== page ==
What you’ve not mentioned is that the profits we may have earned in more prosperous years were earned by taking an enormous risk. Starting a business involved investing capital. Without that capital, employees can’t be paid. If I lose that capital whether by making poor business decisions or due to economic disaster, the employees will no longer have a job.

    You’re all about ensuring that no person “gets too much” and that no person misses out on his/her “fair share.” Okay, you advocate investing in stock corporations as a way for everyman to plan for their retirement. When hundreds of Microsoft’s investors became millionaires because the stock boomed, did they then become “too enriched?” Should they donate some of their capital gains to the less fortunate in their community?

    Mr. Epstein, your ideal world is also the ideal of communism. If you like it so much, why not move to Russia? Oh, I forgot. Communism failed there.

  10. collapse expand

    I’m not sure if I should feel empathy for such an ignorant and simplistic view of the big box vs local debate. There have been study after study that shows the redistribution of currency from both local and big box retailers, none show the national/international retailers providing more to a local economy. Certainly there needs to be a balance of both – I neither think fully restricting bog box’s from a large economic region nor allowing small businesses to fend for themselves healthy.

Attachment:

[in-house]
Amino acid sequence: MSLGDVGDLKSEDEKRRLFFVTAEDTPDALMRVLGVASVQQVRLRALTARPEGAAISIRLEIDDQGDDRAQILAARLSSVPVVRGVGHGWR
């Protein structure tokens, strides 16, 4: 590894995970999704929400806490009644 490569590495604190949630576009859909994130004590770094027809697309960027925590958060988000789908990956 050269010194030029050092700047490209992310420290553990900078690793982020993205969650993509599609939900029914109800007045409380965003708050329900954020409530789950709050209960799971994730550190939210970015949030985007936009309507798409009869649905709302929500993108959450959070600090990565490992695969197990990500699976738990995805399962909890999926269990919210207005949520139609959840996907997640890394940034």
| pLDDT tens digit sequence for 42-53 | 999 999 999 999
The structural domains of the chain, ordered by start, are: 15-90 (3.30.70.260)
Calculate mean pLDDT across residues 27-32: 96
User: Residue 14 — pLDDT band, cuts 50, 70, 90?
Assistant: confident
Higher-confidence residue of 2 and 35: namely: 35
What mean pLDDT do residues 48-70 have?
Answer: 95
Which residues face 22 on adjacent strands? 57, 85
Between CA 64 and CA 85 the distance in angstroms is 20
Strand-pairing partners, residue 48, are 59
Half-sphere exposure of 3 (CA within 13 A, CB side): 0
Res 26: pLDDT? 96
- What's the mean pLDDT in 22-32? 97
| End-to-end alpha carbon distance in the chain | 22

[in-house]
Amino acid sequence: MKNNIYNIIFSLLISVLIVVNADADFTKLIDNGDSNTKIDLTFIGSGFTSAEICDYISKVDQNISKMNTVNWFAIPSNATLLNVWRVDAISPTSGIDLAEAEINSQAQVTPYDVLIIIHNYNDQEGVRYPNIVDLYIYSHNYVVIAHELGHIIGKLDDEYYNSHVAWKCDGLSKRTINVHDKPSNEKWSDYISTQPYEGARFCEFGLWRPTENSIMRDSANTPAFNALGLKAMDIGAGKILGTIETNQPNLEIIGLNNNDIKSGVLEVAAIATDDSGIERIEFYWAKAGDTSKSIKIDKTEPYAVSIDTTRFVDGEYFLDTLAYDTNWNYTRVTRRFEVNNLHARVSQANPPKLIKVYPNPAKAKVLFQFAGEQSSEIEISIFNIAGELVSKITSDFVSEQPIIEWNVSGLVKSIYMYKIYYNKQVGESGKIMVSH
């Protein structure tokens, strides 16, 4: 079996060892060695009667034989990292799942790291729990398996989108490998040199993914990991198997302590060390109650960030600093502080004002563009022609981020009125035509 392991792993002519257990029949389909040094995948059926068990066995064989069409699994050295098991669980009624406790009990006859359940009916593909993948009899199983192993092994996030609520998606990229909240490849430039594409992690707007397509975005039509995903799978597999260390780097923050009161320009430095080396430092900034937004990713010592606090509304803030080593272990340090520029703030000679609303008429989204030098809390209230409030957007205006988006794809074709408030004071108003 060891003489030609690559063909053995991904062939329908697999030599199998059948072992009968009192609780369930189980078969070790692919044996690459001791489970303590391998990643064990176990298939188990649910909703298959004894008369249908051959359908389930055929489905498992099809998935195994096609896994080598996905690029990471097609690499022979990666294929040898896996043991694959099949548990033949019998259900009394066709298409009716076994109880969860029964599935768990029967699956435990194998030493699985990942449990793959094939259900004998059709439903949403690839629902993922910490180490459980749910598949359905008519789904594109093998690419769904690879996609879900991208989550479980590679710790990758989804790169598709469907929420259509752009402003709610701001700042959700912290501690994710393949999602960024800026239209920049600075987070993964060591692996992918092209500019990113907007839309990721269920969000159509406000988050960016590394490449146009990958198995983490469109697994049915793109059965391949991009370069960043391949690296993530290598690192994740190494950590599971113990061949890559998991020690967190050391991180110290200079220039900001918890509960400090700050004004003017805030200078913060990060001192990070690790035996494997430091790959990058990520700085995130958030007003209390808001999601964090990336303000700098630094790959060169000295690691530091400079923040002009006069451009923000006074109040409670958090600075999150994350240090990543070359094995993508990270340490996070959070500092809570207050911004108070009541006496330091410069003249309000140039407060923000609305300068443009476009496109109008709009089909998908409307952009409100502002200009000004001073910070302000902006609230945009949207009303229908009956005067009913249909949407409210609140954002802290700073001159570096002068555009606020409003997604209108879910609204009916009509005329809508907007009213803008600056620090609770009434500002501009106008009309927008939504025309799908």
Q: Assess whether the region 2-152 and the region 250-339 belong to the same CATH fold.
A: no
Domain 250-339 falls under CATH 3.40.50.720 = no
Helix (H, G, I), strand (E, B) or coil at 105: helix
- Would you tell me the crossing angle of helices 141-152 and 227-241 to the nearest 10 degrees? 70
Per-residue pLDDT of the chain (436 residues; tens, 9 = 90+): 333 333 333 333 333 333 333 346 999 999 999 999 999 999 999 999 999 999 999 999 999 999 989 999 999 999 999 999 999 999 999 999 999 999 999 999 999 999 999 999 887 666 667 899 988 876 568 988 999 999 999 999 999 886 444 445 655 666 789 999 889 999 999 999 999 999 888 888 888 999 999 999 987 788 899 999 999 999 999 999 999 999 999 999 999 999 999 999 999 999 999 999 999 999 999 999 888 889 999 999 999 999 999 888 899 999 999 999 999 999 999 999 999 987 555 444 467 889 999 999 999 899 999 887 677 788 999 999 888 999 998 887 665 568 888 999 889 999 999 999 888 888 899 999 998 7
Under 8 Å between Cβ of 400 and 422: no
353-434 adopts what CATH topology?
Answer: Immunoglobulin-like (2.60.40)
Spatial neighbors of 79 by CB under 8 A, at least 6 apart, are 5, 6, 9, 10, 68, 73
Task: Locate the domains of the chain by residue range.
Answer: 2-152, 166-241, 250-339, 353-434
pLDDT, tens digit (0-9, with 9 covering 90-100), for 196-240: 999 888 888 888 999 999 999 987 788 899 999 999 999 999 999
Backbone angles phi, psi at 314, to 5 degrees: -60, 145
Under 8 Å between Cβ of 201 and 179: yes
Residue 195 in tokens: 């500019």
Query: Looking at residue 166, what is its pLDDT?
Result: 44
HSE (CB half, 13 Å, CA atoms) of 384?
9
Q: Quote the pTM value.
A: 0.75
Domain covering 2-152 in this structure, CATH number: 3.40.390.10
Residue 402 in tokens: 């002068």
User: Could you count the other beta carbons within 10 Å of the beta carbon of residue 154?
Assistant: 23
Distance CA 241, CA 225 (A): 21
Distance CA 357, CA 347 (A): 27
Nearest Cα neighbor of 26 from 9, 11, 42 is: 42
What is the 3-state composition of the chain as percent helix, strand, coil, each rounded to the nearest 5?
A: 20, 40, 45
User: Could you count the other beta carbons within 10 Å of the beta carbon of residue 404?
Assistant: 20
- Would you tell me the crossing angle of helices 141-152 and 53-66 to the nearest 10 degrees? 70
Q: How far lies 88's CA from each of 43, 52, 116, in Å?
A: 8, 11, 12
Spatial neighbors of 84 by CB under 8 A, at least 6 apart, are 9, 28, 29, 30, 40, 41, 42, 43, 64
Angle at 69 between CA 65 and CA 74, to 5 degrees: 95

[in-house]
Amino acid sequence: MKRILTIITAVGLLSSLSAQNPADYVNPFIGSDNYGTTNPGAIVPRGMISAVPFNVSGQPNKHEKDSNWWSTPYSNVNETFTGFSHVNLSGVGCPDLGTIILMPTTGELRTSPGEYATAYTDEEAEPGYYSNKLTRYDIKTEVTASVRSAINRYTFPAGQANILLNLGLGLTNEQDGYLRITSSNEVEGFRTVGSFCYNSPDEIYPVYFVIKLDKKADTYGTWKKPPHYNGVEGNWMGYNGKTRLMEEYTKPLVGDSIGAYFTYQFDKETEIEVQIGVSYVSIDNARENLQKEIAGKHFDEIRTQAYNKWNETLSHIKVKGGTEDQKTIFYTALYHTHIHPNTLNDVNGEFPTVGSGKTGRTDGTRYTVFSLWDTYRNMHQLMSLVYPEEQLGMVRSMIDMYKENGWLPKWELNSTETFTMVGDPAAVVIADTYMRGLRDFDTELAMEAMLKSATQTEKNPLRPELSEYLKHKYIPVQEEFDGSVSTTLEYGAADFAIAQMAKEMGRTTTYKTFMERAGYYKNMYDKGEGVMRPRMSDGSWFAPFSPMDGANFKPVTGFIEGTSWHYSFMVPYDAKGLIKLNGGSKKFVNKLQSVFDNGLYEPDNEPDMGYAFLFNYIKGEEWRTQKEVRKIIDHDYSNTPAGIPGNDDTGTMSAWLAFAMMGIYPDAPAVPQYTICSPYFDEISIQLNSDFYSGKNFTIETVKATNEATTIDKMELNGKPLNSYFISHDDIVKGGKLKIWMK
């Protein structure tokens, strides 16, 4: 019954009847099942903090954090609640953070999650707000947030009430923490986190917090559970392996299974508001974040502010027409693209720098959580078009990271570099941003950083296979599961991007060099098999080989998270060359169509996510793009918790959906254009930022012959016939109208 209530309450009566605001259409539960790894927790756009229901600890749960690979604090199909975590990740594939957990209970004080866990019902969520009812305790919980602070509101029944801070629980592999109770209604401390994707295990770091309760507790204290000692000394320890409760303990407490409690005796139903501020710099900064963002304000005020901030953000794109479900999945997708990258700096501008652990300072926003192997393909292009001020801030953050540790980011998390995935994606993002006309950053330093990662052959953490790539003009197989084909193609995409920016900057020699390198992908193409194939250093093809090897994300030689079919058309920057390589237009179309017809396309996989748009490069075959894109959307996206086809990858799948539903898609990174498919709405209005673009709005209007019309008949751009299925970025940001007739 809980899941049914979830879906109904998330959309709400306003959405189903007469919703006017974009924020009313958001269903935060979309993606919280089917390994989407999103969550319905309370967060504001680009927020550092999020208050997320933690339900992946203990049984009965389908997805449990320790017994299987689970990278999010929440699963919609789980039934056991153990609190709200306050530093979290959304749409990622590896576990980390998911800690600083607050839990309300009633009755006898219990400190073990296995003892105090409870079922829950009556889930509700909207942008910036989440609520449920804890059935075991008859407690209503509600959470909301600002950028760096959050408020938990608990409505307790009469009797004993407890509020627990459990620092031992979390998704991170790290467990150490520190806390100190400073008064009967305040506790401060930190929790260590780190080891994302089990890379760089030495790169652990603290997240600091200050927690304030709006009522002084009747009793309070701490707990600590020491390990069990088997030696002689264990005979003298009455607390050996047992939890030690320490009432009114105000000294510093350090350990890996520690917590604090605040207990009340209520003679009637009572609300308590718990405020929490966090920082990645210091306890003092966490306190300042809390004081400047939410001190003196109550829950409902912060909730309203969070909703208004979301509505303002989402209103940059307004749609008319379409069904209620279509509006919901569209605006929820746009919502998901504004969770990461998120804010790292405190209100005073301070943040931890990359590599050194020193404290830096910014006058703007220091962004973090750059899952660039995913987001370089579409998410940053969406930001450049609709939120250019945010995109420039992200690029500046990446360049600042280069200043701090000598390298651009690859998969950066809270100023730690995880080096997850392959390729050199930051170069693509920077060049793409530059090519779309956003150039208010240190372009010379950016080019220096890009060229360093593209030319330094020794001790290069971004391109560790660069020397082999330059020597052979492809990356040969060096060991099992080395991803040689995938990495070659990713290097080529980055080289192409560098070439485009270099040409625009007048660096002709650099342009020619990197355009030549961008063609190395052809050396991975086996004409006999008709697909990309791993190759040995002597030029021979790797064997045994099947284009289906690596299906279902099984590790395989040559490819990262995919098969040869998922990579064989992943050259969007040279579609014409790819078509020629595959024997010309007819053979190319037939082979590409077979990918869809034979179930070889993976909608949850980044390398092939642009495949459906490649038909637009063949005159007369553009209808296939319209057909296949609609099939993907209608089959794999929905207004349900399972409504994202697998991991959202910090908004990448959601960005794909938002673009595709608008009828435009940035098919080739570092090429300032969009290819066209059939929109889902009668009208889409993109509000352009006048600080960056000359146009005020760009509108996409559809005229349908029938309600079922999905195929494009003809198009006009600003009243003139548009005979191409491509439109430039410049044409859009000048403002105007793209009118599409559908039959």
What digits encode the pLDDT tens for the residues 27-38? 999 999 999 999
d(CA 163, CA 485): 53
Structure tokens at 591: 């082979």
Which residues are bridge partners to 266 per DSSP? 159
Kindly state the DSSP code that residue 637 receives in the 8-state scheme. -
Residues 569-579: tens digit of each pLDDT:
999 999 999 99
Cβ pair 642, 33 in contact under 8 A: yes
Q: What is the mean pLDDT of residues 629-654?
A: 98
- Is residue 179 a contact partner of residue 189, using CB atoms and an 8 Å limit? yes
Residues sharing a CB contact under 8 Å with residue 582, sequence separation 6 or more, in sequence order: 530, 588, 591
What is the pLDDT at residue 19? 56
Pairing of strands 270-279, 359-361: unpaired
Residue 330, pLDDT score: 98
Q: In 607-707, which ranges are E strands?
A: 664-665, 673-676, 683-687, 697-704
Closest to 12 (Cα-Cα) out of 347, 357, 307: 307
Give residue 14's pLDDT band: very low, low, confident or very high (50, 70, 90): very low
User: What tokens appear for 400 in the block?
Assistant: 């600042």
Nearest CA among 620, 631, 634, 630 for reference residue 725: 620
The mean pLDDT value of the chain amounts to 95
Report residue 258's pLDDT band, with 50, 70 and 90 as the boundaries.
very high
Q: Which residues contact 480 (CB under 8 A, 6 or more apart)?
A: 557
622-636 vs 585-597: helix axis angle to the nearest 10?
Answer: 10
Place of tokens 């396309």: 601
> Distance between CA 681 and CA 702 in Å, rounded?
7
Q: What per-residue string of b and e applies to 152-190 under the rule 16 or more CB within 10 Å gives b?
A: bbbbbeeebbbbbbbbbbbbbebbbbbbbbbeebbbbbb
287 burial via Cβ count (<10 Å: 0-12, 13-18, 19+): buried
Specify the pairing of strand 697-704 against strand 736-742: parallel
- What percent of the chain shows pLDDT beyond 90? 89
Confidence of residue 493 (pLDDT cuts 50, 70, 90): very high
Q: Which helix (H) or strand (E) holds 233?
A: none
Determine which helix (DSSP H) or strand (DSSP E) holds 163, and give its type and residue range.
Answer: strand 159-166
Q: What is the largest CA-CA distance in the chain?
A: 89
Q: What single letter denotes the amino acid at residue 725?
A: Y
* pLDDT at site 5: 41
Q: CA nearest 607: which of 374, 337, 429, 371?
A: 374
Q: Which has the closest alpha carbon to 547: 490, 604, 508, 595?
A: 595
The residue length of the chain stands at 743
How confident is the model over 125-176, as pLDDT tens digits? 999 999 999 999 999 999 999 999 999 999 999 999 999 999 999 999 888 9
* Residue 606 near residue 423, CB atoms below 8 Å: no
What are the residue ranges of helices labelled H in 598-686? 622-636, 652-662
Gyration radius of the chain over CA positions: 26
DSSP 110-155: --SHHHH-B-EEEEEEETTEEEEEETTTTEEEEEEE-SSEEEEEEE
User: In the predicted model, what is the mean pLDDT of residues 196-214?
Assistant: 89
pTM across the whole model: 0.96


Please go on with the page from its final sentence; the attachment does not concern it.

Have you ever read the Austin study? Or the studies now highlighted at the AIBA? (www.ibuyaustin.com). To quote from their main page “A landmark study found that of $100 spent at a local business, $45 stays in the community. But that same $100 spent at a chain store would put only $13 in our local economy. ”

    Or what about Ithaca and their use of Ithaca Hours? Other cities in Wis and Ore use script as well.

    Absolutely big box retailers have their place in the local and national economy. The introduction of big retailers like Home Depot and KMark to the NYC/Manhattan market was revolutionary in creating competitive prices (as has Ikea’s free buses for Manhattanites).

    To suggest buying shares is buying a piece of their profits is also incorrect. Buying stock is speculative and based on opinions, not profits. If there was an investment structure that directly related to profits, then maybe we’d have something to discuss. But it’s a bit irresponsible to claim some simplistic logic that if the common American bought stock in Best Buy they’re sharing in their profits.

    If you’re going to write a position so brash, I think it’s only fair to put a lot more references and thought into it.

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    About Me

    I'm a writer based in Portland, Oregon. My work has appeared in the Weekly Standard, the American Spectator, the New York Press, The Big Money, sp!Ked online, the Epoch Times, the Daily NK, and others. From 2005 to 2007, I wrote a column on culture and politics for the (alas, now defunct) Seattle-based Internationalist Magazine. In so doing, I filed dispatches from Berlin, Seoul, Paris, New York, and, yes, Reno - among other places. In 2009, I reported on business from Shanghai. I attended Reed College, in Portland, Oregon.